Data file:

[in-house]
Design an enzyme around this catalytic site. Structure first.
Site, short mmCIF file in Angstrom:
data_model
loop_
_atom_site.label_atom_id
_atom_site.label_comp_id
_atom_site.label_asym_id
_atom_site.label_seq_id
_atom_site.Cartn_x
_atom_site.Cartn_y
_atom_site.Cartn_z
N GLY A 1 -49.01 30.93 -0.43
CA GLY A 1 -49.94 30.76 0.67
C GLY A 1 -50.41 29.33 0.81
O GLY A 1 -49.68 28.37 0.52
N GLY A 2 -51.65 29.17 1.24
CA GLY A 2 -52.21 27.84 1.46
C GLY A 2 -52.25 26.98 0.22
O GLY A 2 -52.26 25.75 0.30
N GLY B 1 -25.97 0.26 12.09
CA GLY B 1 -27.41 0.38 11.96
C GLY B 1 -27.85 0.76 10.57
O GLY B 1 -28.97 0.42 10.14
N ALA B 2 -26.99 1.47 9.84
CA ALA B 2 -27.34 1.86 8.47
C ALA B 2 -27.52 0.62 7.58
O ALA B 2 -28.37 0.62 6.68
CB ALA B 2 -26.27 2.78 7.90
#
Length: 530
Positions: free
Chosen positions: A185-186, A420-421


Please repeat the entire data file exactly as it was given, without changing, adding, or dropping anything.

[in-house]
Design an enzyme around this catalytic site. Structure first.
Site, short mmCIF file in Angstrom:
data_model
loop_
_atom_site.label_atom_id
_atom_site.label_comp_id
_atom_site.label_asym_id
_atom_site.label_seq_id
_atom_site.Cartn_x
_atom_site.Cartn_y
_atom_site.Cartn_z
N GLY A 1 -49.01 30.93 -0.43
CA GLY A 1 -49.94 30.76 0.67
C GLY A 1 -50.41 29.33 0.81
O GLY A 1 -49.68 28.37 0.52
N GLY A 2 -51.65 29.17 1.24
CA GLY A 2 -52.21 27.84 1.46
C GLY A 2 -52.25 26.98 0.22
O GLY A 2 -52.26 25.75 0.30
N GLY B 1 -25.97 0.26 12.09
CA GLY B 1 -27.41 0.38 11.96
C GLY B 1 -27.85 0.76 10.57
O GLY B 1 -28.97 0.42 10.14
N ALA B 2 -26.99 1.47 9.84
CA ALA B 2 -27.34 1.86 8.47
C ALA B 2 -27.52 0.62 7.58
O ALA B 2 -28.37 0.62 6.68
CB ALA B 2 -26.27 2.78 7.90
#
Length: 530
Positions: free
Chosen positions: A185-186, A420-421